[insert link to article here].

What’s interesting is how [useful point about your article].

– Your Name

Repeat this method as necessary, and you will see traffic to your site increase and you will earn loyal followers with shared beliefs.

However, there is a risk of using this technique because you can actually be TOO controversial.

How to Be the Right Amount of Controversial

With great power comes great responsibility.
– Stan Lee (via Spiderman), Franklin D Roosevelt, Winston Churchill, and possibly first by Francois-Marie Arouet (aka Voltaire)

Even though controversy is a powerful tool for driving traffic to your website or business, this method does have limitations. There are ways of communicating and promoting controversial topics that work, and there are those that have a net negative effect by offending your most loyal fans. Generally, you should avoid publicly taking strong stances on topics like politics, gender and religion.

This advice may seem vague at first, “be controversial without being too controversial”, but it turns out there might actually be a right level of controversy for bloggers and businesses.

A 2012 academic paper, published by the Wharton School of the University of Pennsylvania, discussed how online marketers can manipulate controversy to achieve results like increased comments or traffic. Here are the major takeaways from this paper:

  1. Contrary to popular belief, controversy doesn’t always increase discussion.
  2. Moving from low to moderate levels of controversy increases the number of comments an article receives and additional increases result in fewer comments.
  3. Exception: If you allow online commenters to be anonymous, they are willing to discuss more controversial topics.
  4. Less controversial stuff is more likely to be shared with weaker ties (acquaintances), and so is more likely to diffuse through a social network.

The basic mechanics of controversy are simple: “while controversy increases conversation by making topics more interesting to talk about, it simultaneously decreases conversation by making people feel uncomfortable talking about these topics.

So the art is in understanding what makes your audience tick, and not going beyond their limit. My friend Gregory Ciotti calls engaging in this low level controversy the Toilet Paper Strategy (because people have strong opinions about which way the paper should fall, which is inconsequential to anyone’s actual identity).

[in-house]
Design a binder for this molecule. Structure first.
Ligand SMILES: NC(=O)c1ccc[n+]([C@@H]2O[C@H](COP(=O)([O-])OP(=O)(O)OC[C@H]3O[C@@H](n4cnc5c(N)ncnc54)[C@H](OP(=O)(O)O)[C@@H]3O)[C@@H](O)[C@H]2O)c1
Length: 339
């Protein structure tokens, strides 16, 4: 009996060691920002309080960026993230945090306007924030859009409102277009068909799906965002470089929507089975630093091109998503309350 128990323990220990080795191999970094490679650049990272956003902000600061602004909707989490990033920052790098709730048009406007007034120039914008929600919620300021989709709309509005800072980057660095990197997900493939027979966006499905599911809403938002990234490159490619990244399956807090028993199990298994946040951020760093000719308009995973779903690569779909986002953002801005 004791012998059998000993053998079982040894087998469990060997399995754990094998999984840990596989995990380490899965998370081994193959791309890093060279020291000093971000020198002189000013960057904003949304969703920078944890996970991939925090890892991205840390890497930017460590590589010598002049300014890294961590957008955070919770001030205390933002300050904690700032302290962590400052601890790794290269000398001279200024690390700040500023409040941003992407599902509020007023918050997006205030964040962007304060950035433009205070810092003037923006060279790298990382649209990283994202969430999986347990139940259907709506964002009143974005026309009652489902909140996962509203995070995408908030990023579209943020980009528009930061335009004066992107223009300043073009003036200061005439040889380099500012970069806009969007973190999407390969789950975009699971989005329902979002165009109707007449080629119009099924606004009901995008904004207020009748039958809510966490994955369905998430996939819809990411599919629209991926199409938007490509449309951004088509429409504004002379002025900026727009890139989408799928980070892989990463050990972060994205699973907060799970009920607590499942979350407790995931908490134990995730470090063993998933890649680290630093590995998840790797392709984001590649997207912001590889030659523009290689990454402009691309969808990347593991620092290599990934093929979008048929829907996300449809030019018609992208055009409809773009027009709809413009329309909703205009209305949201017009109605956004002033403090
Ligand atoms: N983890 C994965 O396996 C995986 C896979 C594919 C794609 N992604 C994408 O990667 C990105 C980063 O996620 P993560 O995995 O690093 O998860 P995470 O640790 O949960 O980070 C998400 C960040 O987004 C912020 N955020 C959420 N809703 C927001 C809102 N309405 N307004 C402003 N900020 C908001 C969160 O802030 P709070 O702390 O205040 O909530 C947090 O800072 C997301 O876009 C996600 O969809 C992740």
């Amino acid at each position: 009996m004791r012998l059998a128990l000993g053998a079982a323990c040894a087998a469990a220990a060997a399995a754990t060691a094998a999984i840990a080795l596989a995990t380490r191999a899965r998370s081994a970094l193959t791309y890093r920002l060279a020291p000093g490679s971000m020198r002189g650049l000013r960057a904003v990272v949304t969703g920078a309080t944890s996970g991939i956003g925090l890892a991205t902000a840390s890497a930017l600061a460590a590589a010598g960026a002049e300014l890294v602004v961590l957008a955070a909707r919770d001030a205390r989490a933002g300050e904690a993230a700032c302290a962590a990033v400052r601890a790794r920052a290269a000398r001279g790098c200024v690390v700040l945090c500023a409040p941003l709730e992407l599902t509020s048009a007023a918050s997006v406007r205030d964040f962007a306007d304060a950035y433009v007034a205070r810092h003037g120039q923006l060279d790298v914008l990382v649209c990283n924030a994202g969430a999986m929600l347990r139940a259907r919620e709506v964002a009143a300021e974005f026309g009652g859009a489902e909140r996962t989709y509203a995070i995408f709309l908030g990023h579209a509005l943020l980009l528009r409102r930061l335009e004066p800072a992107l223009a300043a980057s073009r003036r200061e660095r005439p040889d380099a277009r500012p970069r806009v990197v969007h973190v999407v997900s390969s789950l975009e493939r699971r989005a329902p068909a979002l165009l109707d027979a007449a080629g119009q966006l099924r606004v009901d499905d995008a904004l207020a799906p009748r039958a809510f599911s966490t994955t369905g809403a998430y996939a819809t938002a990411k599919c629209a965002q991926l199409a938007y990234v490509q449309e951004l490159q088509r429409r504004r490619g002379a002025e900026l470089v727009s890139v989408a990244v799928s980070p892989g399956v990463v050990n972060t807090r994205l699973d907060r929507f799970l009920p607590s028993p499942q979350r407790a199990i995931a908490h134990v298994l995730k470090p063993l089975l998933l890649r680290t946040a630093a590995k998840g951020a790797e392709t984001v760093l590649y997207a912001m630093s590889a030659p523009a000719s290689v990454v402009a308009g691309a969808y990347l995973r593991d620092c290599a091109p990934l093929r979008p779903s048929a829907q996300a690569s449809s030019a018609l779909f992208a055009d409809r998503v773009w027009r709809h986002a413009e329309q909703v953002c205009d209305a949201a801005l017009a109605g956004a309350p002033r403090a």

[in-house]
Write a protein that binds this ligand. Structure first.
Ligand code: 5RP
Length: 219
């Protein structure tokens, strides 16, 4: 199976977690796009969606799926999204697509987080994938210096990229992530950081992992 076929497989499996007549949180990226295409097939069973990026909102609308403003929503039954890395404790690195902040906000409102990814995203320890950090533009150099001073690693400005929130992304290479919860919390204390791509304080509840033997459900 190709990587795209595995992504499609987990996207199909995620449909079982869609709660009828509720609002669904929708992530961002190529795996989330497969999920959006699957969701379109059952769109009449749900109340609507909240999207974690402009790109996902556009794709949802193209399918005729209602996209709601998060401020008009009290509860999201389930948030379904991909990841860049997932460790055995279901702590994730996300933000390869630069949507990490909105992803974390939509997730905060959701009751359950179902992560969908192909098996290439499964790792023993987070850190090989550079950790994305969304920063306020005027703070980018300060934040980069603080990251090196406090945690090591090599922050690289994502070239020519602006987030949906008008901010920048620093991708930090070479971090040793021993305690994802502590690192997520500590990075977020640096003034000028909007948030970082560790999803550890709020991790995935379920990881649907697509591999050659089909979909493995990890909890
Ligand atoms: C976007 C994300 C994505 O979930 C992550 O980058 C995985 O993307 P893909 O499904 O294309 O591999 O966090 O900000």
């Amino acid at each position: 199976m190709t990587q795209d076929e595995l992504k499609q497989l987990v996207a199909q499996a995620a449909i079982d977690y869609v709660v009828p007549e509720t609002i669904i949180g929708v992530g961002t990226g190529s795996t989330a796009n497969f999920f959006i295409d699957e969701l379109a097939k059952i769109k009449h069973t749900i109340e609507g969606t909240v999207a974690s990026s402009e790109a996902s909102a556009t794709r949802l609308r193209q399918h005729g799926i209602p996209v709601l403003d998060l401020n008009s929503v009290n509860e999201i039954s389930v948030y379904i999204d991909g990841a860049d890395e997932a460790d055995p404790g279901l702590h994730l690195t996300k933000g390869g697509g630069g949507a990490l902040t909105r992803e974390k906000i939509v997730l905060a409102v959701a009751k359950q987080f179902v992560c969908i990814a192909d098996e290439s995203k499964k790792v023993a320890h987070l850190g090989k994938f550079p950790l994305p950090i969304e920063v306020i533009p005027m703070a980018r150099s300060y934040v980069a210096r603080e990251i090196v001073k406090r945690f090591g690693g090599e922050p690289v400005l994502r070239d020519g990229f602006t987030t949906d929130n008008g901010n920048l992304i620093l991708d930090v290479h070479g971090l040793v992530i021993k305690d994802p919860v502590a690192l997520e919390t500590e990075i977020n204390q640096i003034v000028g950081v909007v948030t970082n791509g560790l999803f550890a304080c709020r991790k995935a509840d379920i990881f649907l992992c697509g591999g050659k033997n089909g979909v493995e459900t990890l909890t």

Of course sometimes even when you have zero-intent of being controversial, it still creeps in. To help keep you on track, I’ve created a list of rules to follow: the 12 Commandments of Natural Controversy.

The 12 Commandments of Natural Controversy

  1. Rally the people you inspire. Find the topics and emotional triggers they care about.
  2. Building an audience is more about exclusion than inclusion, so don’t worry about offending outsiders.
  3. Never piss off your loyal fans and friends. You CAN polarize people in the wrong direction.
  4. Instead, piss off the people you want to exile from your community. “If people are going to hate you, they are going to hate you.”
  5. You don’t have to be opinionated about everything. This is a big one. One of the common barriers to using Natural Controversy is “but I don’t feel really strongly about things like X”. This is easy to overcome, just talk about the things you DO have strong opinions on.
  6. Don’t create problems for no reason. Being controversial just to drive traffic or without any goal is a no-no. Instead, only use this technique when you truly support what you’re saying.
  7. Be confident and people will believe in you. Always maintain your position unless someone provides new data that makes you change your mind. Don Moore, a researcher at Carnegie Mellon University in Pittsburgh, demonstrated that “consumers tend to pick advice from those who express more confidence that they have the right answer (Moore, 2009).”
  8. Stay out of conversations related to politics, gender, and religion These topics are a little too polarizing for the average blogger or business. Studies show that controversy above a certain level actually decreases discussion. Instead, optimize for “low level controversy”. Noteable exceptions: you run a political blog or church.
  9. Find the common enemy. every group of people has a common enemy, so find it.